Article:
These Proverbs have definitely caused me to pause and reflect on past mistakes made using social media, and by the grace of God I hope to continue improving the speech of my lips so that my words are winsome and seasoned with grace. Facebook and other social media give us the opportunity to share the abundance of our hearts instantly, whether we are currently controlled by the Spirit or by our flesh. I personally find that when I am led by an impulsive, defensive, or retaliatory spirit, my heart is almost always not being led by the Spirit of God. In seeking to prevent these pitfalls, I hope to use these Proverbs and other similar Scriptures to search my heart carefully and think about what I write, dying to the sinful desire to speak carelessly and submit to Christ, asking myself if I am honoring God, if I am acting wisely, if I am communicating thoughtfully, if my words are seasoned with grace, and if I have searched out all sides of the matter, or if I am babbling on about my own opinion. May God give us grace in these things.

Christian Character Holiness

How To Acquire Christian Zeal: Holiness, Part 2

In continuing the series discussing the holiness that produces Christian zeal, I want to take a look at following passage from Paul to the church in Corinth.

What agreement has the temple of God with idols? For we are the temple of the living God; as God said, “I will make my dwelling among them and walk among them, and I will be their God,and they shall be my people. Therefore go out from their midst, and be separate from them, says the Lord, and touch no unclean thing; then I will welcome you, and I will be a father to you, and you shall be sons and daughters to me, says the Lord Almighty.” Since we have these promises, beloved, let us cleanse ourselves from every defilement of body and spirit, bringing holiness to completion in the fear of God. (2 Corinthians 6:16-18. 2 Corinthians 7:1 ESV)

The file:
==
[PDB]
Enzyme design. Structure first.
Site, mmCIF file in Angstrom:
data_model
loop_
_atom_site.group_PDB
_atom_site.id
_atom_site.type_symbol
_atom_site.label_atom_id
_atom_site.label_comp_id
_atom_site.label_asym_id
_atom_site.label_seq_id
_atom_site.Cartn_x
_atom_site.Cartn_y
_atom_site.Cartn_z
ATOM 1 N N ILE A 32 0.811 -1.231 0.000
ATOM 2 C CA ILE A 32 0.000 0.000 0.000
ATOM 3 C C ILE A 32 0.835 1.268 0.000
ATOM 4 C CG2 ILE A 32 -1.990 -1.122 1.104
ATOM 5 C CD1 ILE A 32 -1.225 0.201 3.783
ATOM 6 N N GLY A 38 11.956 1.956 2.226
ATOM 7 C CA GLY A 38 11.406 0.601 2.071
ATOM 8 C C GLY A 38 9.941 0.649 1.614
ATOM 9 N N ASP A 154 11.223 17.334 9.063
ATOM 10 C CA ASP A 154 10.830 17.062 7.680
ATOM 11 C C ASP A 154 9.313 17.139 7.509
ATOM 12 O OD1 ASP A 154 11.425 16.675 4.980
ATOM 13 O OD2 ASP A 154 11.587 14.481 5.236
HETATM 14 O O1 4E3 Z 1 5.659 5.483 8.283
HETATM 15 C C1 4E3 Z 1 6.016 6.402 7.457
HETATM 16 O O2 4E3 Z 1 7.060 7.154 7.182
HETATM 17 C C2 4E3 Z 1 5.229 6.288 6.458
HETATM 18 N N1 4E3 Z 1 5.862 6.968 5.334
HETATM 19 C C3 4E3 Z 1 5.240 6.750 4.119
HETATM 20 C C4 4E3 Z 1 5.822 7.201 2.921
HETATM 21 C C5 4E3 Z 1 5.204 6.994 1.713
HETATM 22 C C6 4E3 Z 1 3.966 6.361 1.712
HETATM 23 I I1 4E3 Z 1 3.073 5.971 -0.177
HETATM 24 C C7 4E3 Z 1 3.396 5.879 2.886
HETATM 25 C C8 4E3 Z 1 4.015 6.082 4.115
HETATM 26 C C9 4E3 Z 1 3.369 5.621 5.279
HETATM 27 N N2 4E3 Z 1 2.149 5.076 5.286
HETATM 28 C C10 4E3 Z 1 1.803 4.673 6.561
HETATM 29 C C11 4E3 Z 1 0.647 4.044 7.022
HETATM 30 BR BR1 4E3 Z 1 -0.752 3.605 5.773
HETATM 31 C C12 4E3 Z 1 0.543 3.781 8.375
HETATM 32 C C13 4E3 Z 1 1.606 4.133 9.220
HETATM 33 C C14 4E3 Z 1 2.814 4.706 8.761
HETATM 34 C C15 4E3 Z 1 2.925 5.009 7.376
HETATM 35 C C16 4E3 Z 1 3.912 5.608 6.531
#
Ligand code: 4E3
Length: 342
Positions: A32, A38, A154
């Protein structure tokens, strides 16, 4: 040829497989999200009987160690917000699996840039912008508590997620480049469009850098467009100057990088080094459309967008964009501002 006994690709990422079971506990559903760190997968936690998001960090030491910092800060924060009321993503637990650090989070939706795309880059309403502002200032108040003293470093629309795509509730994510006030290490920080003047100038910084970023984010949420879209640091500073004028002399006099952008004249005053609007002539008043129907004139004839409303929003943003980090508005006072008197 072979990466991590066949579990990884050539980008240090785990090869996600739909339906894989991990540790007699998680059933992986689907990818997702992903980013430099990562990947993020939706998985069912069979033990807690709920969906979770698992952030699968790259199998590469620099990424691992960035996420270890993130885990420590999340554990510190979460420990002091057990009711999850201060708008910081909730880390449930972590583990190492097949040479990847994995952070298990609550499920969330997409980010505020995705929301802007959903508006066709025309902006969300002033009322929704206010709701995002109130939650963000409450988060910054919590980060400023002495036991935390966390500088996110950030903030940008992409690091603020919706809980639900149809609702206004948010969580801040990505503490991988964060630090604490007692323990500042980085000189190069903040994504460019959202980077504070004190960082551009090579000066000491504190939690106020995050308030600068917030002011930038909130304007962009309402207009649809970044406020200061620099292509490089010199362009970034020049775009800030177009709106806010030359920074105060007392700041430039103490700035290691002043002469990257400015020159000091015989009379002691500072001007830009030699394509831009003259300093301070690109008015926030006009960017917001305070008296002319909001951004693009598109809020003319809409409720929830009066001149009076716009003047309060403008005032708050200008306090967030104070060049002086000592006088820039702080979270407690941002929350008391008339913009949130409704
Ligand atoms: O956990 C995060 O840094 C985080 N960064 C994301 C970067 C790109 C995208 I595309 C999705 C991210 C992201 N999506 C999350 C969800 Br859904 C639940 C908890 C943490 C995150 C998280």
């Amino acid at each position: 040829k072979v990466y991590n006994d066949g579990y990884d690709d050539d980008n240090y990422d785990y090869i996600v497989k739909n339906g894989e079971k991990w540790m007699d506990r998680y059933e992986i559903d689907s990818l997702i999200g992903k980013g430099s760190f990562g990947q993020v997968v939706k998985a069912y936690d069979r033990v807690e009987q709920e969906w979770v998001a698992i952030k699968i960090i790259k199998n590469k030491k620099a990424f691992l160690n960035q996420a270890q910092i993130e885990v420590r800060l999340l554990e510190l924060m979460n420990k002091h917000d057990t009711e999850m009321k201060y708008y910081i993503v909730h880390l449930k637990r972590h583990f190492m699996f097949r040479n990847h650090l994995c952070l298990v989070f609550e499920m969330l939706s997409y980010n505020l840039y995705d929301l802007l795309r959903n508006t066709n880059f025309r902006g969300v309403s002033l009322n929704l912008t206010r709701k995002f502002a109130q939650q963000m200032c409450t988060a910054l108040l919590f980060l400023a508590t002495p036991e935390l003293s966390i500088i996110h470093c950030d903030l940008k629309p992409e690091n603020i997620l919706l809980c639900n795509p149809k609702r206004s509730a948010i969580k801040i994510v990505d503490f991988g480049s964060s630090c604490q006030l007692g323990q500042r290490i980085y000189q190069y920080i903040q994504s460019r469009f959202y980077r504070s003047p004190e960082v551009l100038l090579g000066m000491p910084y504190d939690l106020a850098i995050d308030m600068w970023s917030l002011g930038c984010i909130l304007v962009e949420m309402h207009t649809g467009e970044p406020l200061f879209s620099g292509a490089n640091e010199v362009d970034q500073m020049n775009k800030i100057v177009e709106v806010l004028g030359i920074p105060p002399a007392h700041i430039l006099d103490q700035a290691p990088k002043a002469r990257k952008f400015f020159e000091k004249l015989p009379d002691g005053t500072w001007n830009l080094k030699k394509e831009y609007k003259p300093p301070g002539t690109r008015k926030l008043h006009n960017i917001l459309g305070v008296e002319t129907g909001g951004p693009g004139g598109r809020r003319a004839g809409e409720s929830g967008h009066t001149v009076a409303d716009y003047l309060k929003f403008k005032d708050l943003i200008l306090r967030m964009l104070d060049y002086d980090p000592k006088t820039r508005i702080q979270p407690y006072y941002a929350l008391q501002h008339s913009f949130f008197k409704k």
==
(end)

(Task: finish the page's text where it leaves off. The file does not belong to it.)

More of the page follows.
I struggled for many years with the question of how the Christian can promote a true spiritual zeal, the kind of zeal that is marked by an overwhelming sense of passion and affection for the Lord–the kind of zeal that engulfs one’s heart and mind with desire for spiritual food while finding everything else to be like unseasoned tofu. And the whole time during my struggle, verses like these stared me right in the face. Here is God telling us exactly what we must do to be close to Him, and even beyond these prerequisite actions, more importantly this closeness occurs in a very real supernatural sense. You see, those that profess to know Him are much more than followers of a religion. Christians are much more than adherents to a philosophical or religious worldview. Christianity is much more than an occupation or a set of beliefs that guide our lives, but in fact we are temples of a living God Who is mighty and has redeemed us and bought us and is spiritually transforming us into the image of his Son, and He means to dwell in the tent of our hearts, enlarging and drawing and holding our consciences close to Him, using us for every good work that He has prepared before the very foundation of the world. We are a temple–a temple of holiness and purity. God cannot dwell in a filthy defiled temple, and if we would have God dwell closely in our hearts and fill us with the Spirit, we must not touch unclean things. If we want to be passionate and zealous for God and abound in our love for Him, we must prepare a place for Him to dwell. We must pursue holiness with all of our heart and all of our minds. Every defilement of body and spirit must be cut off. If anything holds and entangles our consciences in bondage, we must cut it off. It must die. If we desire to be perfected in the Spirit, we must pursue holiness. We must set ourselves apart so that the Lord might make his dwelling within us. Do we want zeal? Do we want to be close to God? Then let us pursue holiness with all our might, and let us not think about doing it, but let us DO it and never turn back. When we are discouraged about our lack of passion but are still beset by lingering sins, we should not wonder about our state and feelings of separation from God. Then let us cast aside our sin at all costs, refuse to be controlled by it, and flee to Christ. Prepare your temple for the LORD and He will dwell closely with you.